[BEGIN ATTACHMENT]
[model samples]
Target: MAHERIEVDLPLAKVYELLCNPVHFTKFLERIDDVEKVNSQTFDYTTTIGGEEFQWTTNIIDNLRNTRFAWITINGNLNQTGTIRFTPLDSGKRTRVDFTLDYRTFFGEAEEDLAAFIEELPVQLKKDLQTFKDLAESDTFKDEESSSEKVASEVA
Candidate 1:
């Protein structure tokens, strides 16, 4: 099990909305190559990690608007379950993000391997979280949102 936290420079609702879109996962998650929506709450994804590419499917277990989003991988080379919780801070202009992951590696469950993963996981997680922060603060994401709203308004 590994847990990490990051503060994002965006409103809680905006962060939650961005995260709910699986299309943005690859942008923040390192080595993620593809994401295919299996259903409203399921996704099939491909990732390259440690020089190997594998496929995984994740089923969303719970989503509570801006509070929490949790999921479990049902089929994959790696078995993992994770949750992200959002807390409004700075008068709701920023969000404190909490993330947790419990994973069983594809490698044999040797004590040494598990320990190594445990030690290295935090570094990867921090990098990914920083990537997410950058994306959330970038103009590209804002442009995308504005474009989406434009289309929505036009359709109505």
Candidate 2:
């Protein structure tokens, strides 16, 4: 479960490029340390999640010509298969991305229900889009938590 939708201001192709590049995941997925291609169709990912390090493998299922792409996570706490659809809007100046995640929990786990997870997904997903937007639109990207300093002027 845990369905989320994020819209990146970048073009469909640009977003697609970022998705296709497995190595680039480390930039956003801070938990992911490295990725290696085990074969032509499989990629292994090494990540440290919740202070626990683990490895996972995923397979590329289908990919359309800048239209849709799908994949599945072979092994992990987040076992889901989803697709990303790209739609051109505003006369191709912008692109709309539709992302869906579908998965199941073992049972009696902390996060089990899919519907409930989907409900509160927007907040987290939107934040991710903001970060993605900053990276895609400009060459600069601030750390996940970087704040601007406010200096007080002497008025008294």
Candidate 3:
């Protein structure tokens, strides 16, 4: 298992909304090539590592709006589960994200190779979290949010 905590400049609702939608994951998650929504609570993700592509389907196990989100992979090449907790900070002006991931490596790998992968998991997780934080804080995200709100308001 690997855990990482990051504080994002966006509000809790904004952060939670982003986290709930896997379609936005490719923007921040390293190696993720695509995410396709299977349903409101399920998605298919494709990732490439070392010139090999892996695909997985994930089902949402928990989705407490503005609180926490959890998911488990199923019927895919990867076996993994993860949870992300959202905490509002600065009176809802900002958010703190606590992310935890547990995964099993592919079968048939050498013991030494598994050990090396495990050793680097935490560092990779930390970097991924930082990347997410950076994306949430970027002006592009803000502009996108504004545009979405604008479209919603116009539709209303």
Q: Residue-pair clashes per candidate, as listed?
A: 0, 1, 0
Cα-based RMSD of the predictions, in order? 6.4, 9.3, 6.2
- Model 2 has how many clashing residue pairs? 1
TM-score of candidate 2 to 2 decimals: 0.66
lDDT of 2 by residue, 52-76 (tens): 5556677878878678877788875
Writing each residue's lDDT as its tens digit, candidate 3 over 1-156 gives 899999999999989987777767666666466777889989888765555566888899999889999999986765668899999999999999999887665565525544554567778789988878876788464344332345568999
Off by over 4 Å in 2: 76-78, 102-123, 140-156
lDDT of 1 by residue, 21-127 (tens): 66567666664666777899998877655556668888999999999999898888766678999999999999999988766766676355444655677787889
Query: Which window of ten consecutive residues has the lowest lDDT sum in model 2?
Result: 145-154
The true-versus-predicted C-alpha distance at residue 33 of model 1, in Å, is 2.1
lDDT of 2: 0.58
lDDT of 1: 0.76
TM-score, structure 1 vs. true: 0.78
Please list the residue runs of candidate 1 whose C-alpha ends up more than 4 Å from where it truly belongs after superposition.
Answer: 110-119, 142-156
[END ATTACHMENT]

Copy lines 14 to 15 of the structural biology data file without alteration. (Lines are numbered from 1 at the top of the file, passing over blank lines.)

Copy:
lDDT of 2 by residue, 52-76 (tens): 5556677878878678877788875
Writing each residue's lDDT as its tens digit, candidate 3 over 1-156 gives 899999999999989987777767666666466777889989888765555566888899999889999999986765668899999999999999999887665565525544554567778789988878876788464344332345568999